Gregorius Akindynos

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14th-century Byzantine monk, priest, and theologian; b. Prilep, Bulgaria, c. 1300; d. c. 1349. Akindynos studied under Thomas Magistros and Gregory palamas in Thessalonika and taught grammar in Beroea. A friend of both barlaam of calabria and Palamas, he tried to mediate between them in 1335 during their controversy over hesychasm. However, in 1338 he sided with Palamas and wrote against Barlaam, who was condemned (June 10, 1341) as an outsider who had no appreciation of the Taborite Illumination and was intent upon destroying the monastic ideal.

Further study, however, convinced Akindynos that Barlaam's theological approach in dealing with the distinction between the divine essence and the divine energies was correct, but he failed in his attempt to win Palamas over to his views. After the political changes of October 1341, the patriarch of Constantinople, John XII Calecas, encouraged Akindynos to write against Palamas. Between March and April 1343 Akindynos prepared a report on the origins of his dispute with Palamas and by 1344 had composed seven treatises against the Palamite doctrine. Abetted by Theodore Dexios, he combatted the Palamite teaching in Thessalonika. Then, although he had been considered for the bishopric in Thessalonika, he was condemned instead by a synod in 1347. Again in 1351, two years after his death, his writings were condemned by a synod and his name was placed in the list of heretics anathematized on Orthodox Sunday. He was considered a most dangerous opponent of hesychastic monasticism, and his teachings were combatted by the Emperor John IV Cantacuzenus, the Patriarch Philotheus Coccinus, and Nilus Cabasilas.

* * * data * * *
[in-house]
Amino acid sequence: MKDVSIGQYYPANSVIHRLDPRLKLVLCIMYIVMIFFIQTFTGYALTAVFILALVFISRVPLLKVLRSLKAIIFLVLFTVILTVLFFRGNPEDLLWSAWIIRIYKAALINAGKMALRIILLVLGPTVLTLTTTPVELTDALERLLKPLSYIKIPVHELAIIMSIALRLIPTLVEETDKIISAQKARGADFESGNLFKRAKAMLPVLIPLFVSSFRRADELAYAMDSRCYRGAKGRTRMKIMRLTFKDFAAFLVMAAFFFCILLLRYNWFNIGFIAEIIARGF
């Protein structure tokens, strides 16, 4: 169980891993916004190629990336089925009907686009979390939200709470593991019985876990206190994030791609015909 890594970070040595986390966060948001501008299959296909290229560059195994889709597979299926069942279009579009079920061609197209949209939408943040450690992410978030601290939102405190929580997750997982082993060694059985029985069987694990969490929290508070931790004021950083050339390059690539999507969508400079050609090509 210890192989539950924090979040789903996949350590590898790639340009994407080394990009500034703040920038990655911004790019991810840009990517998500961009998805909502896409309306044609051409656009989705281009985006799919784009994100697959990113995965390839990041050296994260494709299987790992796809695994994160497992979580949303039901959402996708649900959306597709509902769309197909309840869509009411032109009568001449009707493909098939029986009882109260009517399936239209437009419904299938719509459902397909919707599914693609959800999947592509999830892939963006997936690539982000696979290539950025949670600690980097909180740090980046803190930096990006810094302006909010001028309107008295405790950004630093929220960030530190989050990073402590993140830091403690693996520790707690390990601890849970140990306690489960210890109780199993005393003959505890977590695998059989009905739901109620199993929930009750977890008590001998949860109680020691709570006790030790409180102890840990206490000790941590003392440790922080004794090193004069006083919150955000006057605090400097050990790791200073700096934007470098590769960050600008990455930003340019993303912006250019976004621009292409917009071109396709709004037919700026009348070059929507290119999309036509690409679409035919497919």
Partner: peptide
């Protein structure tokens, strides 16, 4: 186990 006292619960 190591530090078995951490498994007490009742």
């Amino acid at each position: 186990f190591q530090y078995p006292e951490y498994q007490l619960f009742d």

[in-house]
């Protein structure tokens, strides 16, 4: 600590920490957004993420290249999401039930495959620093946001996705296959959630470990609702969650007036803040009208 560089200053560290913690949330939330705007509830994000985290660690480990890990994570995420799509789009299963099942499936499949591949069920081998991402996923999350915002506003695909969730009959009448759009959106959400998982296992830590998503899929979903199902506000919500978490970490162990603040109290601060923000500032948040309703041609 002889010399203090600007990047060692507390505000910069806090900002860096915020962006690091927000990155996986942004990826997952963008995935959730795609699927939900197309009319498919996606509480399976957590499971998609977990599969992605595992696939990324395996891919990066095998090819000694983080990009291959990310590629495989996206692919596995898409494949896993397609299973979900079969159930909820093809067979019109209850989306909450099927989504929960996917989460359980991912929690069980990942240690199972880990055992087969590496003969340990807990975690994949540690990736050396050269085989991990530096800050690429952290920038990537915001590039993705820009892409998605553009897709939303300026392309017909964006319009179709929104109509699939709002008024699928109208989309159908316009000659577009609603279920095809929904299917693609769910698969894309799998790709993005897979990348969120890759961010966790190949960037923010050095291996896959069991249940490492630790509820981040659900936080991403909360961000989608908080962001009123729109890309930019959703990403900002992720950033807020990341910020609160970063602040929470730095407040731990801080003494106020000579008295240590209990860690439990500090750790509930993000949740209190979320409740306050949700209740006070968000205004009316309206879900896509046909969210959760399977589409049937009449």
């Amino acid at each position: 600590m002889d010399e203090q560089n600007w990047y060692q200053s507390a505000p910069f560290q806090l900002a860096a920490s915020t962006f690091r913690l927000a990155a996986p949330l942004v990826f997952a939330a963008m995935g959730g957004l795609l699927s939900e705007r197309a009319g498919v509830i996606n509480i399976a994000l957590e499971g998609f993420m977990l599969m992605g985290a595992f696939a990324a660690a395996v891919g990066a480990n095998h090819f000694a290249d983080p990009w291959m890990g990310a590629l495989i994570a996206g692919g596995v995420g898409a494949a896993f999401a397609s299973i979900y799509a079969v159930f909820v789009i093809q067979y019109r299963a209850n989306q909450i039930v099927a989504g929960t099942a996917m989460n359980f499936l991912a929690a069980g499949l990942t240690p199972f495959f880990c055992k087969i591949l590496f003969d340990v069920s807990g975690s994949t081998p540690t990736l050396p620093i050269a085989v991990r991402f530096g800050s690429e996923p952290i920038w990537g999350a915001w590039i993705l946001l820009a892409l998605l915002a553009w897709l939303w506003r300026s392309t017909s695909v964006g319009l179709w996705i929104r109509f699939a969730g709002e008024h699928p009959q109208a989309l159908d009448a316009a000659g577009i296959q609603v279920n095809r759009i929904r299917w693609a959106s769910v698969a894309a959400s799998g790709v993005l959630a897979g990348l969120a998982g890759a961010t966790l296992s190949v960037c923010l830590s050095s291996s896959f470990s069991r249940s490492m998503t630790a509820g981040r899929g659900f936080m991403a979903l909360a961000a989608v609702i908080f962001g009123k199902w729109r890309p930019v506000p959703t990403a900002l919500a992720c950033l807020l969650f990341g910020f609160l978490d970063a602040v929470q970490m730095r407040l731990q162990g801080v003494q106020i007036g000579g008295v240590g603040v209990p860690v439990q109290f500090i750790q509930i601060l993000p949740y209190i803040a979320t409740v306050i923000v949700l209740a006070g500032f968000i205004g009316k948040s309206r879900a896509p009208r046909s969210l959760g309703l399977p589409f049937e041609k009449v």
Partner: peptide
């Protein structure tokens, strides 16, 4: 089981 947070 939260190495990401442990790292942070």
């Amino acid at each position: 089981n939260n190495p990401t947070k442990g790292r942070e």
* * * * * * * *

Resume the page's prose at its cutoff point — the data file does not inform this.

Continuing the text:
Some supposed that he had knowledge of scholastic philosophy, because of a confusion between himself and Prochorus cydones. Akindynos rejected the teachings of Palamas that the light of Mt. Tabor was uncreated and visible, and he defended the simplicity of God, the identification of the divine essence and operations, and other anti-Palamite theses. Among his works, which are still mainly unedited, are a Tract in five books against Barlaam, a Diatribe in six books directed against Palamas, two professions of faith most probably submitted to the Empress Anne of Savoy, and a corpus of letters connected with the Palamite controversy. He is credited also with 509 iambic verses describing the errors of Palamas and an Apology to the Patriarch John Calecas.

Bibliography: h. g. beck, Kirche und theologische Literatur im byzantinischen Reich (Munich 1959) 716717. m. jugie, Dictionnaire d'histoire et de géographie ecclésiastiques, ed. a. baudrillart et al. (Paris 1912) 1:340341. m. t. disdier, Dictionnaire de spiritualité ascétique et mystique. Doctrine et histoire, ed. m. viller et al. (Paris 1932) 1:263268. v. laurent, Lexikon für Theologie und Kirche, ed. j. hofer and k. rahner, 10 v. (2d, new ed. Freiburg 195765) 4:1205. r. j. loenertz, Orientalia Christiana periodica 23 (Rome 1957) 114144, 18 letters. m. candal, ibid. 25 (1959) 215264, confession of faith. j. meyendorff, A Study of Gregory Palamas, tr. g. lawrence (London 1964).

[h. d. hunter]